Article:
10. >>The main difference between pets and humans is when a life threatening illness comes up, we attempt to help the person as much as possible, but are more inclined to ending the life of a pet.>>

    Yes, we are inclined to end the life of a pet, because euthanasia is a humane and viable option in veterinary medicine.

    I do not understand your point. Who should pay for unexpected medical expenses for treatment (vs. euthanasia) of a pet, if not the owner?

  11. I believe the problem here is not just vet's hiked-up prices (charging more for flea treatments etc.), but the medical companies for charging so much in the first place. It's ALL about money, for both human and veterinary medicine. Flea treatments contain micrograms of active ingredients, yet they are £7 a go and most don't even work! I know it costs money to produce medicines, but this is not an industry which should be propelled by cash as this can be a corrupting factor. I don't take any medications and haven't done for over 10 years because I no longer trust it. There is a darker side to medicine which is particularly concerning when it's such an emotional field.

    Whilst some of the comments have helped me understand the vet's point of view, I maintain that there are times when you are being ripped off. Why not get a charity funding option? I know if I was flush with money and sAT in the vet's waiting room, I would happily donate towards a fund for people who could not afford treatments. This might also get the practice some charity breaks (although I'm not sure how it works).

    With regards to Anonymous' comment, I don't think people have truly understood the point that whilst their suggestions were impractical, it did show what people were willing to do in order to afford these treatments and how serious they are about getting them. It shows the levels of desperation we reach when helping our pets and that we don't want to be rendered helpless in a situation where someone we love might die or suffer. For those who optimistically suggest this simply means cutting out 'cigarettes or beer' (as one condescending commenter suggested in 'part 1'), saving for an emergency is very difficult on a low income. To suggest you shouldn't have pets if you can't afford them is equally naive. There are so many animals in need of homes (we adopted our 2 cats) that food and a roof is sometimes most important.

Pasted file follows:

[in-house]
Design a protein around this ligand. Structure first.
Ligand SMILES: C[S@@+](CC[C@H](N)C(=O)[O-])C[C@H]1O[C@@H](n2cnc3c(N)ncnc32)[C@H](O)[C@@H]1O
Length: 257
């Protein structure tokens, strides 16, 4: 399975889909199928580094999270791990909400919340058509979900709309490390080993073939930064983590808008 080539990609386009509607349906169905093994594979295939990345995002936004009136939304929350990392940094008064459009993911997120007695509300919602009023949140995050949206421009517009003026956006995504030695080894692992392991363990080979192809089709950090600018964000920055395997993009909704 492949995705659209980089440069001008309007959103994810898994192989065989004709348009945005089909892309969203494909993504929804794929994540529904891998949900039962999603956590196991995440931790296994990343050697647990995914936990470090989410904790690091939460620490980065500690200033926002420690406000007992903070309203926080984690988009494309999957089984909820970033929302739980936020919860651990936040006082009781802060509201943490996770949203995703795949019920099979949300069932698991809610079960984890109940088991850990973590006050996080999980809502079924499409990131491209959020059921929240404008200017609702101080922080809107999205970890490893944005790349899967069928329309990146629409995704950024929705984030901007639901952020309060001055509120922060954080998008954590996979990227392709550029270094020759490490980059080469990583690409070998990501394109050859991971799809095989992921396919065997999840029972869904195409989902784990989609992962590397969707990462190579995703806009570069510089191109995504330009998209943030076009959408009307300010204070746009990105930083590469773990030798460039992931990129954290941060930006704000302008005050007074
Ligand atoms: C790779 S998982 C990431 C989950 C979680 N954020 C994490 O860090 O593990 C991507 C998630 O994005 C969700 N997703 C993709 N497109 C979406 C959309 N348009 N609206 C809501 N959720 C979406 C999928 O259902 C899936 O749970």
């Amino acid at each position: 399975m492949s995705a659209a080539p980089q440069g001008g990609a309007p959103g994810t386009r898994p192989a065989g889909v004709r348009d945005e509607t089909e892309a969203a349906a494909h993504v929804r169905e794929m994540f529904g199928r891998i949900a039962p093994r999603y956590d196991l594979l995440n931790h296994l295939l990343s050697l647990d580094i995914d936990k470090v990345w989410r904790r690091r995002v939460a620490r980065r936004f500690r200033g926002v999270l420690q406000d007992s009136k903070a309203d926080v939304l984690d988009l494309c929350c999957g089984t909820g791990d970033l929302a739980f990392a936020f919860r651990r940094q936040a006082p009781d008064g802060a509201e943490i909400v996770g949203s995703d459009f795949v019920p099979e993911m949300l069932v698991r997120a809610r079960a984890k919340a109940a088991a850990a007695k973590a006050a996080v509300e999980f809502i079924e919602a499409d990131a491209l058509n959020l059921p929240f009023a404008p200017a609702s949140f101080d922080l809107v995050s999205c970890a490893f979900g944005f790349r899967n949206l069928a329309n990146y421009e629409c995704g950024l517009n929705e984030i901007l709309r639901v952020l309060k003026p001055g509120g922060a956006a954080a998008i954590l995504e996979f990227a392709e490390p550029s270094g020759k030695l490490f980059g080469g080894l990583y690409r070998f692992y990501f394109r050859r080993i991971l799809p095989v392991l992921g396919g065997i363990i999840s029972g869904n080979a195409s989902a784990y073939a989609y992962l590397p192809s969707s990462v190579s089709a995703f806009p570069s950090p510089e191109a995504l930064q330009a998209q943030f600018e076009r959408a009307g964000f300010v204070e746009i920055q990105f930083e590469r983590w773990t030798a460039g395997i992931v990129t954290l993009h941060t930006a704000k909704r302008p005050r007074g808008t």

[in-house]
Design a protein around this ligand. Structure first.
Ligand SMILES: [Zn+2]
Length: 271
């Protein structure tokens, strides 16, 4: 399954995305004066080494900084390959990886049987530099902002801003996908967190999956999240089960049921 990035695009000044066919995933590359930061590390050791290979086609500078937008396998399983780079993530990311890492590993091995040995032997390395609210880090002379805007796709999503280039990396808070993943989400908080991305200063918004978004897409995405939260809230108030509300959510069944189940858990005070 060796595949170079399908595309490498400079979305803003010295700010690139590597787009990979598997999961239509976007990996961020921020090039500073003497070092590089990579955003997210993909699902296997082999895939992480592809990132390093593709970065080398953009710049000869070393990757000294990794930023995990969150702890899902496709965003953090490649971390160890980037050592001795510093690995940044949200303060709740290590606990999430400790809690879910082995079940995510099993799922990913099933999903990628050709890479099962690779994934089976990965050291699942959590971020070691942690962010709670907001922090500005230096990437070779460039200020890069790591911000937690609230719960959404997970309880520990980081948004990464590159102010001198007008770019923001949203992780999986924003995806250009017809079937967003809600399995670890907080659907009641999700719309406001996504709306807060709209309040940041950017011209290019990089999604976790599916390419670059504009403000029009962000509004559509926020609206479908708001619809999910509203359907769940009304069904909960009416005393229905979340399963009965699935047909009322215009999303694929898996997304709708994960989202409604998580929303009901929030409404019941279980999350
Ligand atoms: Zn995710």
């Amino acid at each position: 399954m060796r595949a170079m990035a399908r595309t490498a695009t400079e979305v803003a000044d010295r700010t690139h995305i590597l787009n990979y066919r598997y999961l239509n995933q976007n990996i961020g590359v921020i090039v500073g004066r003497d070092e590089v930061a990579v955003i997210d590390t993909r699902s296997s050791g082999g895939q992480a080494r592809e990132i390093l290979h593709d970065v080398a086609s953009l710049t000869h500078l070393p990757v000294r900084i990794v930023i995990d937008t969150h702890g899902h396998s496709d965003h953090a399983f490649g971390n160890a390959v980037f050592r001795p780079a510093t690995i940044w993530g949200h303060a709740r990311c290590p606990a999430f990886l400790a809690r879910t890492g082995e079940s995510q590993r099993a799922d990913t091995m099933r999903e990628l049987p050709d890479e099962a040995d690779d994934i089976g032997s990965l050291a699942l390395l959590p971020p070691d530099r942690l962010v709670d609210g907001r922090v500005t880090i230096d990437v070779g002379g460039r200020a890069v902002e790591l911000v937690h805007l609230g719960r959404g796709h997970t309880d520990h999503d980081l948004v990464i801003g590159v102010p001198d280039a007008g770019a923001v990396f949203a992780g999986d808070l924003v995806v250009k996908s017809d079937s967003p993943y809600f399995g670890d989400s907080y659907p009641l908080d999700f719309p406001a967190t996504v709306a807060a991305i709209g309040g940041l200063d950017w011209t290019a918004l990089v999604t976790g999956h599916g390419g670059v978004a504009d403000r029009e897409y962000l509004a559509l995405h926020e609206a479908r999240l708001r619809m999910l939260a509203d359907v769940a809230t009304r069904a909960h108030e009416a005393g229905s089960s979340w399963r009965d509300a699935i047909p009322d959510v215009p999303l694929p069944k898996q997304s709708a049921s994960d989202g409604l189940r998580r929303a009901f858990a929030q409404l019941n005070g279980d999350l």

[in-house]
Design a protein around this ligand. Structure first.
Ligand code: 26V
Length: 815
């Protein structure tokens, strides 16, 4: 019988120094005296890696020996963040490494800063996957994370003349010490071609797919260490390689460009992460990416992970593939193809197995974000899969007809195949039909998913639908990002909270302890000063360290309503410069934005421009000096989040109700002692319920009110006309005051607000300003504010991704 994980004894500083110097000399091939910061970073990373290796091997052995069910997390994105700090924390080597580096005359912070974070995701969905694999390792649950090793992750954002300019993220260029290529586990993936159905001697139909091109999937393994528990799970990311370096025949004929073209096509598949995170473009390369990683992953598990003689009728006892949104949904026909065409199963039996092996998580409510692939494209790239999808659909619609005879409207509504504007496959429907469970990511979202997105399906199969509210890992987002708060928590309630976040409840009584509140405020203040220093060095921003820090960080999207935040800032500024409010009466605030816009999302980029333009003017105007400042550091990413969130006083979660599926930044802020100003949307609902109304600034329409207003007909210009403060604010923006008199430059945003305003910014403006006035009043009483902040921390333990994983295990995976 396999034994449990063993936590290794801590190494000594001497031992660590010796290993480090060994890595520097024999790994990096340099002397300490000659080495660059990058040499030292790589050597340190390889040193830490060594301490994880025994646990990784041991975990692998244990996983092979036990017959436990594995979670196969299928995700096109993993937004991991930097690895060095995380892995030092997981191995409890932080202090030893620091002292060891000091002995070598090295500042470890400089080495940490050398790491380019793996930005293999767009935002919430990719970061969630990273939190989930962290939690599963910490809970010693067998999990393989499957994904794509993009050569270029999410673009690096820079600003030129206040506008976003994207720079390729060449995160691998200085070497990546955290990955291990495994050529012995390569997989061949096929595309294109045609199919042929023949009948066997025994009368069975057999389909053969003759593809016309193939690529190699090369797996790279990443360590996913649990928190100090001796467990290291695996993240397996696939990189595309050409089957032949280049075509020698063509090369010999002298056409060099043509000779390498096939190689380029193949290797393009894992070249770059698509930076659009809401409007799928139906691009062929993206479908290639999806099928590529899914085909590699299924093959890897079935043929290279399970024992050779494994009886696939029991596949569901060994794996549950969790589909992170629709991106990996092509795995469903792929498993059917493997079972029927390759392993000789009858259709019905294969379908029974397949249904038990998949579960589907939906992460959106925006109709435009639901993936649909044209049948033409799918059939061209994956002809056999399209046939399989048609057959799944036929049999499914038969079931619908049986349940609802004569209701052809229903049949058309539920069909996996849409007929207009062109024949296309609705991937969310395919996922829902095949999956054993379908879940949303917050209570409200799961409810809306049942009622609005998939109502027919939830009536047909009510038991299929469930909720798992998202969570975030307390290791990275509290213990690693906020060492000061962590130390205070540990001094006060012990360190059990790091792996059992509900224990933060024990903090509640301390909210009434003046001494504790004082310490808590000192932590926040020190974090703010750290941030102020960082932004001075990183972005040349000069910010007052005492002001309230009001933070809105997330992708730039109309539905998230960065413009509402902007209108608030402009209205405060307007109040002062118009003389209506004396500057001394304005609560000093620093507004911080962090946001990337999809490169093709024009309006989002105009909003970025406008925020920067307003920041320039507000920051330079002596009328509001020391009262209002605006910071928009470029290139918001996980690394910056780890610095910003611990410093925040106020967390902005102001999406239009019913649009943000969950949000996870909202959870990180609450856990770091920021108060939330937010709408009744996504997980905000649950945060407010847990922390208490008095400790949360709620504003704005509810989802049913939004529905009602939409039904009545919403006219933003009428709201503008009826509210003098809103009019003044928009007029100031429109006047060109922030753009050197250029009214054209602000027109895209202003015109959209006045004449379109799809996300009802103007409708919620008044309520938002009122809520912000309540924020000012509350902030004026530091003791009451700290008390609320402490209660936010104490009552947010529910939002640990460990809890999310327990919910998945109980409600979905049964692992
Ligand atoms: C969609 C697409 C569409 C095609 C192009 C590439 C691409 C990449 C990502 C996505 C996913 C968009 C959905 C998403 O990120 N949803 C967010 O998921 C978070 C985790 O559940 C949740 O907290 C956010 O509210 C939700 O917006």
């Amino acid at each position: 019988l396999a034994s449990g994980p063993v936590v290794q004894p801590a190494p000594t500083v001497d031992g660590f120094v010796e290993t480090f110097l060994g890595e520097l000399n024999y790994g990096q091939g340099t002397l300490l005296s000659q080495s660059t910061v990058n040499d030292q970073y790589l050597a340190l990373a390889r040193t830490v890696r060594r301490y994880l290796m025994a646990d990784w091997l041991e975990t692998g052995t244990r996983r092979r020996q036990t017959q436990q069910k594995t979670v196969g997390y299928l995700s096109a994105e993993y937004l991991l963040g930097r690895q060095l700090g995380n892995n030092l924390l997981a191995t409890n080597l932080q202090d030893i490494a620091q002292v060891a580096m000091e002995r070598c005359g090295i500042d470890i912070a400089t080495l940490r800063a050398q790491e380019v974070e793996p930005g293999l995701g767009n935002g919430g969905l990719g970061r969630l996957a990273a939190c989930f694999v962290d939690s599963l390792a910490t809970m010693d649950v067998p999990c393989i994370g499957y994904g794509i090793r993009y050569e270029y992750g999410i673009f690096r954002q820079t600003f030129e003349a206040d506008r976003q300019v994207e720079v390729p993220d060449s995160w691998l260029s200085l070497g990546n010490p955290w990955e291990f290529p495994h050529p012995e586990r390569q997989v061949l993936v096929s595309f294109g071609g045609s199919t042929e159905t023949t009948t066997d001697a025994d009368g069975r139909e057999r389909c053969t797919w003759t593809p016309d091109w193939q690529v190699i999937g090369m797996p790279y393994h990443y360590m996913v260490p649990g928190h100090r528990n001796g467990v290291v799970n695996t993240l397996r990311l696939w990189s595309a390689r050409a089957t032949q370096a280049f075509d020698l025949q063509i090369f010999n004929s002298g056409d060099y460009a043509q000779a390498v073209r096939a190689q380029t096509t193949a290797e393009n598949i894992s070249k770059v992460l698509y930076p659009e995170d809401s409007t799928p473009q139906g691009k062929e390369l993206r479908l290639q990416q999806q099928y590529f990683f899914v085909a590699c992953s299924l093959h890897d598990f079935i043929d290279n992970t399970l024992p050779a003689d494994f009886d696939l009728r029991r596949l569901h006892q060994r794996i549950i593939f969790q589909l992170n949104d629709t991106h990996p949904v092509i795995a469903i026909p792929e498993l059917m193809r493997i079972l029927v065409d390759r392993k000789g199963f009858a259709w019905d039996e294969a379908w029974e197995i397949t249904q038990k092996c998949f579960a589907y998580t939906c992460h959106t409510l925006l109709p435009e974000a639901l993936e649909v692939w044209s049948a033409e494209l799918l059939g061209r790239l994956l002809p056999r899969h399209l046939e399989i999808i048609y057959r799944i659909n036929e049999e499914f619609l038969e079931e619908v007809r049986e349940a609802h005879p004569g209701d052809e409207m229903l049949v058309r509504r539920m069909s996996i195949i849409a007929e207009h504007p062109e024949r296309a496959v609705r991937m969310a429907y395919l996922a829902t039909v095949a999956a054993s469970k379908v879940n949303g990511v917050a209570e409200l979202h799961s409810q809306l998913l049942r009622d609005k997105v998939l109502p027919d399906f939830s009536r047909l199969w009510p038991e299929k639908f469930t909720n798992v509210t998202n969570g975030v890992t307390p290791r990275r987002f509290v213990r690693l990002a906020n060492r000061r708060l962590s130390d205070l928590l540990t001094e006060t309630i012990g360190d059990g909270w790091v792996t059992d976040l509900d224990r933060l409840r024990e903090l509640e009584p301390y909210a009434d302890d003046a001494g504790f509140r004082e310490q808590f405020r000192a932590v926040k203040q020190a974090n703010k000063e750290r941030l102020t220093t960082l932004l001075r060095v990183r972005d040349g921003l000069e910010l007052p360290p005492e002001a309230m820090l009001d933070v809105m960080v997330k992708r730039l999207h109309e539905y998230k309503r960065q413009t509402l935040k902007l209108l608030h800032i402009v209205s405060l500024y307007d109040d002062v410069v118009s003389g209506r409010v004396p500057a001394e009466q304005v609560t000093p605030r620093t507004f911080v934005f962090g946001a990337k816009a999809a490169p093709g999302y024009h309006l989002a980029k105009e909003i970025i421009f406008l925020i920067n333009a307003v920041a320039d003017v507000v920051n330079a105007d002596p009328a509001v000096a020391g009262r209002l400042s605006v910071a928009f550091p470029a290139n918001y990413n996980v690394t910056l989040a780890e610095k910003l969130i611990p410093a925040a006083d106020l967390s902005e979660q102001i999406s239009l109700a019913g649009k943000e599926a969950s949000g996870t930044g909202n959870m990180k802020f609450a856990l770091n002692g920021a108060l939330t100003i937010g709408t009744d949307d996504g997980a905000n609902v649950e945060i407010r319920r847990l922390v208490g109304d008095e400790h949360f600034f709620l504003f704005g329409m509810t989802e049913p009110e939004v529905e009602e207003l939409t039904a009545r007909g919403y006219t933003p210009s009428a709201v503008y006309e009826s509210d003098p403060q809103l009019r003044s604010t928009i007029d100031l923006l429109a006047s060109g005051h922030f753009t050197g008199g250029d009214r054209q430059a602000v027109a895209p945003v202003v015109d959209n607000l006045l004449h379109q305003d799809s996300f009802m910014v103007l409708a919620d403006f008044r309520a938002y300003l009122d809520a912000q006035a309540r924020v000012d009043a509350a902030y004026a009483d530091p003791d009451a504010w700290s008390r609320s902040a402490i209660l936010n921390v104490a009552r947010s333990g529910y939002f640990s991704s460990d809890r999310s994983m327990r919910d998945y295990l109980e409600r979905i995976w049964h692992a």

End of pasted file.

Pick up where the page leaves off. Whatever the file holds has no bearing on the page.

When it comes to treatment, we scrape together what we can.

    However, whilst we understand that vets have bills to pay, likewise, so do we and we would go bankrupt too should we pay their sometimes extortionate fees. As with any business, if they over-charge or skimp on quality, we won't use their services. My vet commonly over-charges for things, such as Elizabethan collars and bandages, but they don't tell clients this is where their money is going. When someone is struggling to pay, these prices should be minimal or clients should be informed they could cut costs by buying particular things elsewhere. With a breakdown of costs, I tell you now I wouldn't pay £8 for a plastic collar I could make myself or buy online! It reminds me of the time I took my cat in for a small cut on his tail. We saw the nurse and simply wanted to know if the cut was dangerous enough to require treatment. Before I knew it, she was loading up vaccines to inject my cat with, without telling me what they were, how much they cost or whether or not they had side-effects. Of course, I stopped her to find it was an anti inflamatory and a pain killer- both unnecessary and expensive. On telling her my cat was not in pain (trust me, he'd let me know), she looked at me like I was Hannibal Lecter himself to deprive my beloved pet an unnecessary, potentially dangerous and overly expensive shot of pain killers (£7 per shot JUST for the administration, not including the cost of the shot itself).

    Oh and my cat was fine, as expected, they heal very quickly :)